Defeating a Goddess

So, I’ve introduced a goddess in my draft and she’s evil. The evil goddess is Greek but in the world I’m working with, all pantheons and religions are equally real.

I have an outline that goes something like this:

  • Protagonist finds out her engagement ring is magical (written)

  • Goddess shows up, places curse on protagonist (written)

  • Protagonist goes to volunteer at an event she helps with annually to get her mind of bad stuff (in progress)

  • Protagonist finds clues and encouragement among her fellow volunteers

  • After the event, Protagonist goes to Church with her mother

  • Protagonist talks to Priest and/or Jesus and gets more clues

  • Protagonist goes to Tibet to train with some Buddhist monks and unlock all the powers of her ring

  • Protagonist defeats goddess with the power of her ring

I’m currently stuck on what kinds of clues and encouragement her fellow volunteers might provide. Any suggestions?

Any quotes/passages from myths, legends or holy books that come to mind?

A good creativity game might be to pick a random passage and see how to make it work.

For example: the Pearl of Great Price has 5 books. I used an RNG and got the Book of Abraham. That has 5 chapters; the RNG gave me 5 again so I go to Abraham 5. It has 21 verses; the RNG gives me 12. I get this:


So, how to make that fit the story? So many ways you could. She is presented with a lot of good choices, picks a bad choice, and suffers consequences. Or there is something with literal fruit - she’s offered a fruit that looks amazing but has to decide whether to eat it or give it to a starving child. Or, she gets a vision of Eve which provides insight into her situation. Just brainstorm ideas based off random verses and keep the ideas that resonate.

Just use whatever holy book is most fitting for the situation (IDK what holy book Buddhists use)


Oh, this is great! I didn’t think of grabbing something random. I like it :slight_smile:

You CAN mix mythologies, but without proper research you can easily make a mess. Churches are Christian and wouldn’t likely have much info on Greek mythos, neither would Monks in Tibet, not unless these Greek Gods and Godesses wrought havoc world wide and created a need for other religions to contain information about them.

If so, I’d probably look into Comparitive Mythology:

Here is a link that shares the similarities between world wide mythologies. I’m betting there’s some awesome stuff in here for you to draw inspiration from:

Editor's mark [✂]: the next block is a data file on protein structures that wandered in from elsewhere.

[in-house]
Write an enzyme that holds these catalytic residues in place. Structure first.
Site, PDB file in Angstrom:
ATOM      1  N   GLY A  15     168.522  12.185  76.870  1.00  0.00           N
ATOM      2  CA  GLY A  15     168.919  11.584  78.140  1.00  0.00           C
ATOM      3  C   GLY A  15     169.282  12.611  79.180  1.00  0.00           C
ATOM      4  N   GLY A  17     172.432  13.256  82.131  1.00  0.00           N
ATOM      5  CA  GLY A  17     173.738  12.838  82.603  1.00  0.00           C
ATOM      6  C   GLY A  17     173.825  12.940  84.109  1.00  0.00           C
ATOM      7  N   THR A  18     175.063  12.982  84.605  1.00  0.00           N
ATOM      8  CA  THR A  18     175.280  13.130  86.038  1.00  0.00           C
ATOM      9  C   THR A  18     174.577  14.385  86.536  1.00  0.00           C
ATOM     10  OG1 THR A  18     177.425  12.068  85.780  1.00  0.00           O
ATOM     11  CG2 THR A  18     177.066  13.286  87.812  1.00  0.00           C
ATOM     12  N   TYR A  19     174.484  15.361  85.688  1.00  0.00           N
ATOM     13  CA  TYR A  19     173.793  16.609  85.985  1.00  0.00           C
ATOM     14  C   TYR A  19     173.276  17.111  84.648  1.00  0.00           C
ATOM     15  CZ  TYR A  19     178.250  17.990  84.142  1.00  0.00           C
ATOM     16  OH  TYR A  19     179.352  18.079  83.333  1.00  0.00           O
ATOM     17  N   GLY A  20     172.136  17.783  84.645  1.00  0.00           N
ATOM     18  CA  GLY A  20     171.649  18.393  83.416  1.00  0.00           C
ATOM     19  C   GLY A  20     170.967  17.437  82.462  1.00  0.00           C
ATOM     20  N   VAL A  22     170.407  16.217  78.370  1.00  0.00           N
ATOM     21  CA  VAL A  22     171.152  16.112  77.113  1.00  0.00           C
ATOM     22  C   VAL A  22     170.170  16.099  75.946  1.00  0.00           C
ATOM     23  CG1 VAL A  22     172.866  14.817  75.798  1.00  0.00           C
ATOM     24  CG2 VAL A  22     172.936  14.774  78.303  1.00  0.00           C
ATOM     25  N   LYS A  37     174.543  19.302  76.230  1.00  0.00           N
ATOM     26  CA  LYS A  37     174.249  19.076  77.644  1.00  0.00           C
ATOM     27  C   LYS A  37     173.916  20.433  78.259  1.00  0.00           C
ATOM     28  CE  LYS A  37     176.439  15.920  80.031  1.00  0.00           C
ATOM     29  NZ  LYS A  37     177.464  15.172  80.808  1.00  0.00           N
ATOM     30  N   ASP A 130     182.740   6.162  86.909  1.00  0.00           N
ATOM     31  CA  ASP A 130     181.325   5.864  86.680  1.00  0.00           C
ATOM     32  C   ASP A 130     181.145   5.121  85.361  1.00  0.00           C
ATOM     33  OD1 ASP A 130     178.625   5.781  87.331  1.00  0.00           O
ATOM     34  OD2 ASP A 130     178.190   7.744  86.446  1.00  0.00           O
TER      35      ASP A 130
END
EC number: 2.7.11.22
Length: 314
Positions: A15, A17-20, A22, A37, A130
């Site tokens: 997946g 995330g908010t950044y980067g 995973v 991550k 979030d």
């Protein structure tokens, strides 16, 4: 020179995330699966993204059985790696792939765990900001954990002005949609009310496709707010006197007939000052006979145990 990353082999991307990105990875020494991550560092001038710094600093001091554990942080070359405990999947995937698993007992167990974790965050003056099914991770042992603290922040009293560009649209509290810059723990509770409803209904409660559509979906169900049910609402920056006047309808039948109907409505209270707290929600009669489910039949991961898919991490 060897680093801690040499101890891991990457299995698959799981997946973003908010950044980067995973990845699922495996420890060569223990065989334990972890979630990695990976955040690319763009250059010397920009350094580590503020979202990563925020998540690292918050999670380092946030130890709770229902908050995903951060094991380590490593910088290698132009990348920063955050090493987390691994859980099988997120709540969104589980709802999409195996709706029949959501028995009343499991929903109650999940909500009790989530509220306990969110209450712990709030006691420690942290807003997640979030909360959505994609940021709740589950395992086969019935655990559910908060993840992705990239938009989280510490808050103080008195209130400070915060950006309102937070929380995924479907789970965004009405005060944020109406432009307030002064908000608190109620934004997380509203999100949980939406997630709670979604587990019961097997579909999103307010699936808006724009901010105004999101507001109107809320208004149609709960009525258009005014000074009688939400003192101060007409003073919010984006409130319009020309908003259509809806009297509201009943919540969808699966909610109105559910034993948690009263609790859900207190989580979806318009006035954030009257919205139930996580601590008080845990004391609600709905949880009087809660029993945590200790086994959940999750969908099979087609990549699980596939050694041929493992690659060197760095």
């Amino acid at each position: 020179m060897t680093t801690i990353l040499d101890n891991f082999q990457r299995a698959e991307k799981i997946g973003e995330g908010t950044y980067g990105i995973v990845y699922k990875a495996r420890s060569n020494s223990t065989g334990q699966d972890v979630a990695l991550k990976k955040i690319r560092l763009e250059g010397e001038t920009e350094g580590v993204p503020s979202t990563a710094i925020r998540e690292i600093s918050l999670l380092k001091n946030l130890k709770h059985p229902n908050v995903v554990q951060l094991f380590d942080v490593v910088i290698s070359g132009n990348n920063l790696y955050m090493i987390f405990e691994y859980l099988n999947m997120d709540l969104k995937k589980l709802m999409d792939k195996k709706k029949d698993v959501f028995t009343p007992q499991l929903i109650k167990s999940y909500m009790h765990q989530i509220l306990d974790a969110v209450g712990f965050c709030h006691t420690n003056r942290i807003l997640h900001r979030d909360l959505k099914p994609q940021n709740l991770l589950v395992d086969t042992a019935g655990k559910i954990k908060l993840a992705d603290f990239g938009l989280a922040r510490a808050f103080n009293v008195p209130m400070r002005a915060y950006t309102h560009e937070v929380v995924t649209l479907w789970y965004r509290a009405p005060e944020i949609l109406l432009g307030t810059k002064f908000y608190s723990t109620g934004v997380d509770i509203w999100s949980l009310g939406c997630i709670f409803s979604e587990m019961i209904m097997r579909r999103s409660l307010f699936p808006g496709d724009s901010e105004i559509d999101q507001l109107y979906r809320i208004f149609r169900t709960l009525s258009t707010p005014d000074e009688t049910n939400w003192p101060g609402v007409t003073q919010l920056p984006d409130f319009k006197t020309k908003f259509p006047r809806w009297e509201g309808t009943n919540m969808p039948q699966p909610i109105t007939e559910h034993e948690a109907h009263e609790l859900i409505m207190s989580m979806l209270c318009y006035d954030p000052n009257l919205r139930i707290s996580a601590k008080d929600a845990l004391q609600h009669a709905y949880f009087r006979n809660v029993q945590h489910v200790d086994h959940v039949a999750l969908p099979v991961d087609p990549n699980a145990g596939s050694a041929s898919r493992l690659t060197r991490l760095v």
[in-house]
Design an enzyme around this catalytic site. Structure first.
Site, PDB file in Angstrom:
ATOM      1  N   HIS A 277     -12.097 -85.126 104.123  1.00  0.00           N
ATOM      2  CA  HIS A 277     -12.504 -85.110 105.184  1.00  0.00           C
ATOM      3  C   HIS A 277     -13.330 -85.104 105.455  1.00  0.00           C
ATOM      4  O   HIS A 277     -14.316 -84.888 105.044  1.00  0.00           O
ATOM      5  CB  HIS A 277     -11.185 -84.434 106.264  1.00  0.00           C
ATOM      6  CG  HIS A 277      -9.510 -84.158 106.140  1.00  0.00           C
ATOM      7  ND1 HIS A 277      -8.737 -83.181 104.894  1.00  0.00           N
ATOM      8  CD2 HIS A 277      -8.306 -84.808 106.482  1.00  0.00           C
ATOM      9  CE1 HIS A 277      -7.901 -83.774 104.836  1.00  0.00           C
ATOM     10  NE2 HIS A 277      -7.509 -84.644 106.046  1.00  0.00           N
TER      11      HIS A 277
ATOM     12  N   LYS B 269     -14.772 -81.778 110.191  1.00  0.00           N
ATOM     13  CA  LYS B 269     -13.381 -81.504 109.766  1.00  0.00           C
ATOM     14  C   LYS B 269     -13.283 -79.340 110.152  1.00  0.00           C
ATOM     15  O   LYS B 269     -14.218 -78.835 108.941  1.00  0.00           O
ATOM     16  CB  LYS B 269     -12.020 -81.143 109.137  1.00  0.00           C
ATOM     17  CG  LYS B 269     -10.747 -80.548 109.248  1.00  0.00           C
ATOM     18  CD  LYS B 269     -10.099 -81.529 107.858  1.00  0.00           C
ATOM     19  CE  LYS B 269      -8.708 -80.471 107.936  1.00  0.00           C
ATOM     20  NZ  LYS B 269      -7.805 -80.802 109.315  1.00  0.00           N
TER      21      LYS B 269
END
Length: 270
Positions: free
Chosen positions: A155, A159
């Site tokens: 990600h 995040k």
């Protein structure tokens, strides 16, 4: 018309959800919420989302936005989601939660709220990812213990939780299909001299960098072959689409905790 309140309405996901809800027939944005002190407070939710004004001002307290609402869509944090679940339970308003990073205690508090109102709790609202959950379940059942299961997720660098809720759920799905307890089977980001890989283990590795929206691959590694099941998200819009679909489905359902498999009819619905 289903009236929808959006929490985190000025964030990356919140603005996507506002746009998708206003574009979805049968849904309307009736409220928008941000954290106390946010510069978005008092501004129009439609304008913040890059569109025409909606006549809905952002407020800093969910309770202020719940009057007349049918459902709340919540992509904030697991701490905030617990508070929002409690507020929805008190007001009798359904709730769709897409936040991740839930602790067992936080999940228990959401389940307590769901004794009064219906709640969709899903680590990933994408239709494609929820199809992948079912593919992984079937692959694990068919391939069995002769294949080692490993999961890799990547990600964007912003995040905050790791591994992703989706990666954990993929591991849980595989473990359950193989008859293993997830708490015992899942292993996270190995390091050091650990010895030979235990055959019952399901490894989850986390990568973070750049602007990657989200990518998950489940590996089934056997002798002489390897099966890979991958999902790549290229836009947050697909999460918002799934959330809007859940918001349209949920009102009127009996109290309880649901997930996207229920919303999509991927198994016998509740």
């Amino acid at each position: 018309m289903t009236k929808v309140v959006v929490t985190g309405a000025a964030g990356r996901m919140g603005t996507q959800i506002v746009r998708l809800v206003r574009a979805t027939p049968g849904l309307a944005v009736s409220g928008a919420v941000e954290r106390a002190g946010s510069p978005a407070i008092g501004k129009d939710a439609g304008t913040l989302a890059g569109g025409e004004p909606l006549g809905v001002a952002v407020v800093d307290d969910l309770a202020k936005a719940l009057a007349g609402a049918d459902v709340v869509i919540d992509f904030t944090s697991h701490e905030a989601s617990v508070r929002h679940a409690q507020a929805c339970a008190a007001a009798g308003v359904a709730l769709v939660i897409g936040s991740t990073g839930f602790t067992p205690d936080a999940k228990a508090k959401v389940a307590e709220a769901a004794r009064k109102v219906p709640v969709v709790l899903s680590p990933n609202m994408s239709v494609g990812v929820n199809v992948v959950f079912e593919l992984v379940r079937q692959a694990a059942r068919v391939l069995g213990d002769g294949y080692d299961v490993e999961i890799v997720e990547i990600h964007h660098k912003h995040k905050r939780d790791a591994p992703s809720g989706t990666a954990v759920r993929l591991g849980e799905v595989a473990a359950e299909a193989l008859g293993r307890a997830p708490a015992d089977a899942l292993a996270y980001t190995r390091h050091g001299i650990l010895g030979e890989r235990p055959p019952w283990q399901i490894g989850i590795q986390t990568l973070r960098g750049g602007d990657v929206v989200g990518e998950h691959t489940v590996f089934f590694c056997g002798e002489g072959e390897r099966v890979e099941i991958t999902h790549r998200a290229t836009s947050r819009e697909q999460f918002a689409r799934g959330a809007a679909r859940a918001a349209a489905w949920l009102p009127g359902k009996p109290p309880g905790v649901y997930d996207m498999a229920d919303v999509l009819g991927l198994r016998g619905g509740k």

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Ok, first question. Define “defeat”. Defeat as in kill? Because the first thing I would point out were the Greek gods were immortals. So how she is defeated would be important here. If I was a reader, and the goddess was defined as Greek, and you told me she died, then I’d be like WTF.


That’s a good point and I have not hammered that out yet. Imprisonment or banishment, maybe. I have it so she and her pantheon left Earth in the hands of the monotheists for a while and she wasn’t pleased with what her minions reported to her, so she returned. The important part to the protagonist is reversing the curse, though.

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Thanks! Those look like great resources!

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Oh, I really like the part about younger gods defeating older gods. I was thinking that could explain why I don’t have every god that mankind ever thought up running around.

I mean, you could also rewrite the mythology too. Sort of like, people think the greek gods were immortal, but that’s not the case …

If you go that route, I’d just make sure to explain it if you decide you want her end to be more final. I’m only saying that there is a sizable portion of the fantasy readership that would be put off if such an approach were not fully thought out. Not even saying majority. Only sizeable.

If you want to see really interesting ways to deal with annoying immortal gods, I’d suggest The Iron Druid Chronicles by Kevin Hearne. I think his approach to various pantheons in general is spectacular.

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There is also the idea that only a god can kill another god, so one thought is to turn the protagonist into a goddess in her own right.

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